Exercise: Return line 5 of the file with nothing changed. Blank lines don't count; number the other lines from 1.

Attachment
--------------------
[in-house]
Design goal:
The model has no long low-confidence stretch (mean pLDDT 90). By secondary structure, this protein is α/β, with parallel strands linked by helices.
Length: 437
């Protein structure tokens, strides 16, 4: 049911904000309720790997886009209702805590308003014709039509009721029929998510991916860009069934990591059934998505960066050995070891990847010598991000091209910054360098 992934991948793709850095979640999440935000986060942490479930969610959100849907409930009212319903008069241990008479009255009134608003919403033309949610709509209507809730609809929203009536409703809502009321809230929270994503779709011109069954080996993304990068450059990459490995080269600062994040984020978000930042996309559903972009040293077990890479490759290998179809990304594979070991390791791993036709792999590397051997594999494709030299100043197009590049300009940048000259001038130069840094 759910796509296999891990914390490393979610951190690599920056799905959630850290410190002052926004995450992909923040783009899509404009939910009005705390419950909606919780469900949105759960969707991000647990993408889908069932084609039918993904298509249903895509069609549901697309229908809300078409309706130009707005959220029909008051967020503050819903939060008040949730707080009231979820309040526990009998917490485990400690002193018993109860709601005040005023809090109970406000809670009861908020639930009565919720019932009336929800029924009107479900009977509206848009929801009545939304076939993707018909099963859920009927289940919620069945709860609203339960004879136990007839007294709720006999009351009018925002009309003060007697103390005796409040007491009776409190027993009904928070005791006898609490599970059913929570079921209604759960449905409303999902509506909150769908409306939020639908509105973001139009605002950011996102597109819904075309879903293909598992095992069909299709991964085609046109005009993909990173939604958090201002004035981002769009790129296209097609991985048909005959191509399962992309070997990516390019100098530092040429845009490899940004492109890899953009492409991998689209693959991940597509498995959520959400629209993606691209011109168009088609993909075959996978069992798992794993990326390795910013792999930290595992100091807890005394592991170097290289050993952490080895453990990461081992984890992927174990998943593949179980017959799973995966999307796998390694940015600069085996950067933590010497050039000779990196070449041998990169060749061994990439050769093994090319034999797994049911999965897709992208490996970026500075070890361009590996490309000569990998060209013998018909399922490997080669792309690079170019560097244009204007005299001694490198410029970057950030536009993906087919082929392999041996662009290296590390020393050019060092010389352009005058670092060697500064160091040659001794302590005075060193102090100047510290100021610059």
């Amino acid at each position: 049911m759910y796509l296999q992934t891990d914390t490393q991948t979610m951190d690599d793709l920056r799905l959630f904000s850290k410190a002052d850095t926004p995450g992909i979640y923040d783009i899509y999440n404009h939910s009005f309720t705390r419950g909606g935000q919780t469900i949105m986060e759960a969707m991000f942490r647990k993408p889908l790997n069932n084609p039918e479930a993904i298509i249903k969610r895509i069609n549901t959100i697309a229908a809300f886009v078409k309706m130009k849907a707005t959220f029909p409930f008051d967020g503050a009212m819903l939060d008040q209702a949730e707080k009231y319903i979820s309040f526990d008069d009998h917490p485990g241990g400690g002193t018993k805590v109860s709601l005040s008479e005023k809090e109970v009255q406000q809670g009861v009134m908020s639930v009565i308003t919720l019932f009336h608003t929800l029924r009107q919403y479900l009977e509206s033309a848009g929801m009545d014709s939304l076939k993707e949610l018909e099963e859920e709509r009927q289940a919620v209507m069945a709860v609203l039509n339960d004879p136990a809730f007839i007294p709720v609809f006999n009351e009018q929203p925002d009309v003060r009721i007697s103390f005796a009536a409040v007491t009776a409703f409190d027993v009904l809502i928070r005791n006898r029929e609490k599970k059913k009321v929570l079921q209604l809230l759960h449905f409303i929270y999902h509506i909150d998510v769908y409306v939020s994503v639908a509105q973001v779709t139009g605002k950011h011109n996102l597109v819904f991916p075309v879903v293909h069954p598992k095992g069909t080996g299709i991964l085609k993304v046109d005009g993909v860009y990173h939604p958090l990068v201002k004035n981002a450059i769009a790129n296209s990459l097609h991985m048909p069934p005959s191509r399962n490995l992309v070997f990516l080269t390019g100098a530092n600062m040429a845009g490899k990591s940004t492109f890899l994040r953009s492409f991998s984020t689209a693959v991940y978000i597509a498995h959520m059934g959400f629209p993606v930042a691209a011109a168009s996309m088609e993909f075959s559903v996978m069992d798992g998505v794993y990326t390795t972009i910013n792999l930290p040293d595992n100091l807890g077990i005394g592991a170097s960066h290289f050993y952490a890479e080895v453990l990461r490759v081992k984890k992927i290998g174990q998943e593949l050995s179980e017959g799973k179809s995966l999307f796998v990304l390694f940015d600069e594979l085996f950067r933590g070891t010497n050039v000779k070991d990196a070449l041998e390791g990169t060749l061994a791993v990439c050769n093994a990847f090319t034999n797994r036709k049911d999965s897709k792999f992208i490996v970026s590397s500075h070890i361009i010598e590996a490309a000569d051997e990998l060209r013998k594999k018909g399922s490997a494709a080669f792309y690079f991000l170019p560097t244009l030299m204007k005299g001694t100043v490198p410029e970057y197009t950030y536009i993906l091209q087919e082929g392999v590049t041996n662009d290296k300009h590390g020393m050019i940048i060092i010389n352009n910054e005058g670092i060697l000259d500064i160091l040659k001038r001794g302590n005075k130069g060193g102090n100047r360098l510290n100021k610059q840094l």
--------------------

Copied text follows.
């Protein structure tokens, strides 16, 4: 049911904000309720790997886009209702805590308003014709039509009721029929998510991916860009069934990591059934998505960066050995070891990847010598991000091209910054360098 992934991948793709850095979640999440935000986060942490479930969610959100849907409930009212319903008069241990008479009255009134608003919403033309949610709509209507809730609809929203009536409703809502009321809230929270994503779709011109069954080996993304990068450059990459490995080269600062994040984020978000930042996309559903972009040293077990890479490759290998179809990304594979070991390791791993036709792999590397051997594999494709030299100043197009590049300009940048000259001038130069840094 759910796509296999891990914390490393979610951190690599920056799905959630850290410190002052926004995450992909923040783009899509404009939910009005705390419950909606919780469900949105759960969707991000647990993408889908069932084609039918993904298509249903895509069609549901697309229908809300078409309706130009707005959220029909008051967020503050819903939060008040949730707080009231979820309040526990009998917490485990400690002193018993109860709601005040005023809090109970406000809670009861908020639930009565919720019932009336929800029924009107479900009977509206848009929801009545939304076939993707018909099963859920009927289940919620069945709860609203339960004879136990007839007294709720006999009351009018925002009309003060007697103390005796409040007491009776409190027993009904928070005791006898609490599970059913929570079921209604759960449905409303999902509506909150769908409306939020639908509105973001139009605002950011996102597109819904075309879903293909598992095992069909299709991964085609046109005009993909990173939604958090201002004035981002769009790129296209097609991985048909005959191509399962992309070997990516390019100098530092040429845009490899940004492109890899953009492409991998689209693959991940597509498995959520959400629209993606691209011109168009088609993909075959996978069992798992794993990326390795910013792999930290595992100091807890005394592991170097290289050993952490080895453990990461081992984890992927174990998943593949179980017959799973995966999307796998390694940015600069085996950067933590010497050039000779990196070449041998990169060749061994990439050769093994090319034999797994049911999965897709992208490996970026500075070890361009590996490309000569990998060209013998018909399922490997080669792309690079170019560097244009204007005299001694490198410029970057950030536009993906087919082929392999041996662009290296590390020393050019060092010389352009005058670092060697500064160091040659001794302590005075060193102090100047510290100021610059």